Alumnus Tobin Isaac on Gordon Bell Prize-winning Team
A research team that includes Department of Energy Computational Science Graduate Fellowship (DOE CSGF) alumnus Tobin Isaac has won the prestigious ACM Gordon Bell Prize for outstanding achievement in high-performance computing (HPC).
Amanda Randles, a DOE CSGF alumna who’s now an assistant professor of biomedical engineering at Duke University, is lead author on another project that was an award finalist.
The honor was announced Thursday, November 19 at SC15, the annual supercomputing conference in Austin, Texas. The $10,000 prize, overseen by the Association for Computing Machinery, recognizes innovation in HPC applications for science, engineering and large-scale data analytics. Prizes highlight peak HPC performance and scalability, a code’s capacity to run efficiently on an increasing number of processors.
Isaac and fellows researchers from the University of Texas at Austin, IBM Research, New York University’s Courant Institute of Mathematical Sciences and the California Institute of Technology won for a detailed simulation of Earth’s interior. Their code achieved a world record 97 percent scalability. Most of the calculations were done on Lawrence Livermore National Laboratory’s Sequoia, an IBM BlueGene/Q supercomputer.
The code is designed to simulate mantle convection, a complex, constantly changing system that drives the movement of Earth’s tectonic plates, influencing things like earthquakes, volcanoes and mountain building. Accurate models can help scientists predict and understand these phenomena, but it’s an incredibly hard problem. Simulations must account for trillions of contributing factors.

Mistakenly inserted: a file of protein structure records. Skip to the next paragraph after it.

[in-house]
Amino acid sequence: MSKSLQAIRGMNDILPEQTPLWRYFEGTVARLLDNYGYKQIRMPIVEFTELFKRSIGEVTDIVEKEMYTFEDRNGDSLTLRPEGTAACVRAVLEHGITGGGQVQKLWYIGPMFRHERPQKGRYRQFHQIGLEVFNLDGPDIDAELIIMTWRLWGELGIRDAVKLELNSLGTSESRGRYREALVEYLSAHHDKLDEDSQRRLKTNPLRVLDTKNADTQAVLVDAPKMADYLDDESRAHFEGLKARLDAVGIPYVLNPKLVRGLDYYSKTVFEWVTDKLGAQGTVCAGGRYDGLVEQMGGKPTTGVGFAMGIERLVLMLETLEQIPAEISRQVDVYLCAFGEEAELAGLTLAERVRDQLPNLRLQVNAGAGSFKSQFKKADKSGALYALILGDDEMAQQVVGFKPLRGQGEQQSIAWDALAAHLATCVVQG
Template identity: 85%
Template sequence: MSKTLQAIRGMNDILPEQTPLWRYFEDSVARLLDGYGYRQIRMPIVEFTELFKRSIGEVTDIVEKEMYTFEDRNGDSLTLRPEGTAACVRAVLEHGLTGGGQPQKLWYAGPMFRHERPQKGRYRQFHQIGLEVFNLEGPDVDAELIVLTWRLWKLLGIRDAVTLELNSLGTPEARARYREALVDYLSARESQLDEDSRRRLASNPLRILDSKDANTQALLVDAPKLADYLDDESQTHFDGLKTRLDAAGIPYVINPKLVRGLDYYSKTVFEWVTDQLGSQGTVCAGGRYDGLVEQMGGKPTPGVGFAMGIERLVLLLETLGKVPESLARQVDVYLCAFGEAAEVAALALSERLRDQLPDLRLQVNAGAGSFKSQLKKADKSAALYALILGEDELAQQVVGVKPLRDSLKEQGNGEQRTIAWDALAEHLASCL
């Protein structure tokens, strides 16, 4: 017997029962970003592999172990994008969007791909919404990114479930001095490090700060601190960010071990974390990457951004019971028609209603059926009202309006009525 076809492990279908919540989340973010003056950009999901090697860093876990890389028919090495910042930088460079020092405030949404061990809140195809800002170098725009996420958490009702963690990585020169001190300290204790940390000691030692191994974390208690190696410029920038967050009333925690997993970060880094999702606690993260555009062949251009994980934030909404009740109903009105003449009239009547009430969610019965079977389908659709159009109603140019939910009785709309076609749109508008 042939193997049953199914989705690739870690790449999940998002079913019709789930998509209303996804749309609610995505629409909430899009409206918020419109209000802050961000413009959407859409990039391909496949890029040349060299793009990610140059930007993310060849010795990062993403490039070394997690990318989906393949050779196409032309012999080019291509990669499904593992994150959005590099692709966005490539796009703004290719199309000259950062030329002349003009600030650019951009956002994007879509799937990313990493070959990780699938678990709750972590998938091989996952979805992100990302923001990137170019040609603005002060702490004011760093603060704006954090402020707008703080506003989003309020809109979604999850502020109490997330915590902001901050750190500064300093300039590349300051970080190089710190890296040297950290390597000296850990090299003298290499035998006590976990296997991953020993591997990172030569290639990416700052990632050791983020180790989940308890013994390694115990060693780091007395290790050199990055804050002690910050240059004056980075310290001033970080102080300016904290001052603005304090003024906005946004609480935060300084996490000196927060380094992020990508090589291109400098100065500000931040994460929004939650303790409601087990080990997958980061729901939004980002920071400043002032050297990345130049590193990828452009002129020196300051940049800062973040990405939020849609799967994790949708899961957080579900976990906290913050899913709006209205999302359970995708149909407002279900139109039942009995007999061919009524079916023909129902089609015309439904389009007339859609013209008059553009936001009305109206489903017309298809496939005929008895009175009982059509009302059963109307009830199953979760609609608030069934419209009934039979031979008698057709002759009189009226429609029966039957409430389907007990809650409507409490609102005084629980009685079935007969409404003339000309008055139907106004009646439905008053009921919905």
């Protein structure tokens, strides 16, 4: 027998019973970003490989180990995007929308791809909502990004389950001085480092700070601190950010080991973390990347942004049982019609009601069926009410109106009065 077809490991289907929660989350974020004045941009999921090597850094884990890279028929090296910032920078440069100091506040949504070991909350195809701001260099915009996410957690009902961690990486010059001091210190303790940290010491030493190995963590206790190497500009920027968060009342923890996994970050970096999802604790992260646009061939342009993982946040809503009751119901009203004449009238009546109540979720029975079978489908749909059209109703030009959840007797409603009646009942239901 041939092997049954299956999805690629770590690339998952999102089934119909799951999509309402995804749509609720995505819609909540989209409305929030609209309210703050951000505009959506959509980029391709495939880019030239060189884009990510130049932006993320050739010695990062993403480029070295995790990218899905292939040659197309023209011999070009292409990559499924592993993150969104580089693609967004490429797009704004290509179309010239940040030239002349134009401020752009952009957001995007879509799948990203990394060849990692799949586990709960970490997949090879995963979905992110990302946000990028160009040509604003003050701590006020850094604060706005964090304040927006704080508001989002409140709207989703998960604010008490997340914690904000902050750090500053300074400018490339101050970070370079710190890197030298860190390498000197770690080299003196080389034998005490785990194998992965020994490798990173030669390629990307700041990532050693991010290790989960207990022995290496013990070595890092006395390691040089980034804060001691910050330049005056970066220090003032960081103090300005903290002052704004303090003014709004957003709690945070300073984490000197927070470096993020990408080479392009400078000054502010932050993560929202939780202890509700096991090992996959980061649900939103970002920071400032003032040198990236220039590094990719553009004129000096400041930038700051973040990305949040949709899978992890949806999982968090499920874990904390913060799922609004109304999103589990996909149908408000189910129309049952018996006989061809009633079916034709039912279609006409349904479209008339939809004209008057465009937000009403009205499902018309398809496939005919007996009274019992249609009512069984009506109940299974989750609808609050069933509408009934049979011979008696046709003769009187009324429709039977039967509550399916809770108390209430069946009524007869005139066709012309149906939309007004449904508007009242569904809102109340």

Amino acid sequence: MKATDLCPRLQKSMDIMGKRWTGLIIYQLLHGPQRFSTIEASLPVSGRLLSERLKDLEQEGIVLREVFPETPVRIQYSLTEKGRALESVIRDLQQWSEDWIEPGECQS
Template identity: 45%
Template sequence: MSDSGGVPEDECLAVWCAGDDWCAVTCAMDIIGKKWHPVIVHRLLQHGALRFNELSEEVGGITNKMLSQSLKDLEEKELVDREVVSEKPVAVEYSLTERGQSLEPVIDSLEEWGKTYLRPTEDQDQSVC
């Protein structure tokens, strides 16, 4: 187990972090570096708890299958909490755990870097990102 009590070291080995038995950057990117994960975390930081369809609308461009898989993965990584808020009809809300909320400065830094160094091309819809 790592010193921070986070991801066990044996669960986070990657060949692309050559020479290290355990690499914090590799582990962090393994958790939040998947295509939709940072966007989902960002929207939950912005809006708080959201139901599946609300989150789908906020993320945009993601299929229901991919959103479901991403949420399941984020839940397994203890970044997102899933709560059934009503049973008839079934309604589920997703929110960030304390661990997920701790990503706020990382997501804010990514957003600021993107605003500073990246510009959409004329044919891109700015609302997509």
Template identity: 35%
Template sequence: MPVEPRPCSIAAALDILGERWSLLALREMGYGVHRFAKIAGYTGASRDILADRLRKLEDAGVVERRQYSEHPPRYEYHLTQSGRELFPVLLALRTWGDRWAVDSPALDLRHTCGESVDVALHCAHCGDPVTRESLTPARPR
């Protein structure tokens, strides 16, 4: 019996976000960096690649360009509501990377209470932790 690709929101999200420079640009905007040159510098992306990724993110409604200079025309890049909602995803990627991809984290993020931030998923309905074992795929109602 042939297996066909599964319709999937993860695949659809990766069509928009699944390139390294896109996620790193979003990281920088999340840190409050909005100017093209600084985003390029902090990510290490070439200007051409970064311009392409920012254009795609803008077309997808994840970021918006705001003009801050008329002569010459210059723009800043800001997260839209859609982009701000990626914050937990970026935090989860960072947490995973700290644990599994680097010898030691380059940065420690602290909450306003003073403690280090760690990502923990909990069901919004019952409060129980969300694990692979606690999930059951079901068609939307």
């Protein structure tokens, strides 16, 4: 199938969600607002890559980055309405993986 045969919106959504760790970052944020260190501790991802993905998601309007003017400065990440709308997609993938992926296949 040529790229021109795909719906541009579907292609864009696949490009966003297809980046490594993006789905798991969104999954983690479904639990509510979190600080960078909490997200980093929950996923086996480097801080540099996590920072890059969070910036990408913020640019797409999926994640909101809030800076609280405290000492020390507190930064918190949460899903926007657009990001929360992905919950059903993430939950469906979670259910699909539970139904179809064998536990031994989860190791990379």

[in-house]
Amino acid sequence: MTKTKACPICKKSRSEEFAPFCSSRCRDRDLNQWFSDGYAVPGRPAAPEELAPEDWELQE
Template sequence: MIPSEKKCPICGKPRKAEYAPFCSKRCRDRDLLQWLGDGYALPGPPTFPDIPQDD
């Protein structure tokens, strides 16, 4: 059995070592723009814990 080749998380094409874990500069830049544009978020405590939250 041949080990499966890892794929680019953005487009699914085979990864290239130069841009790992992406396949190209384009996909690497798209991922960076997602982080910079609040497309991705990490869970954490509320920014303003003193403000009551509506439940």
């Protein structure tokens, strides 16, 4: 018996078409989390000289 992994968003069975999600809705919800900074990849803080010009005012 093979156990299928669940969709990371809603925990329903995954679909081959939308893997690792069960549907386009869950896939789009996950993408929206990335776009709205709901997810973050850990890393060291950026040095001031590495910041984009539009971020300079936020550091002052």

The team used innovative algorithms and mathematical approaches to accurately predict the velocity, width, depth and motions of the Earth’s plates while also simulating mantle flow, an IBM release says. The team completed a full simulation in less than 24 hours.
Isaac, who earned his Ph.D. from UT-Austin, now is a postdoctoral researcher at the University of Chicago. His doctoral supervisor, Omar Ghattas, is a coauthor on the winning paper.
Randles’ project, “Massively Parallel Models of the Human Circulatory System,” emulates blood flow across a range of vessel sizes. Such models can help diagnose and treat hypertension and other maladies. The team’s three-dimensional, high-resolution model scaled to more than 1.5 million processor cores on Sequoia.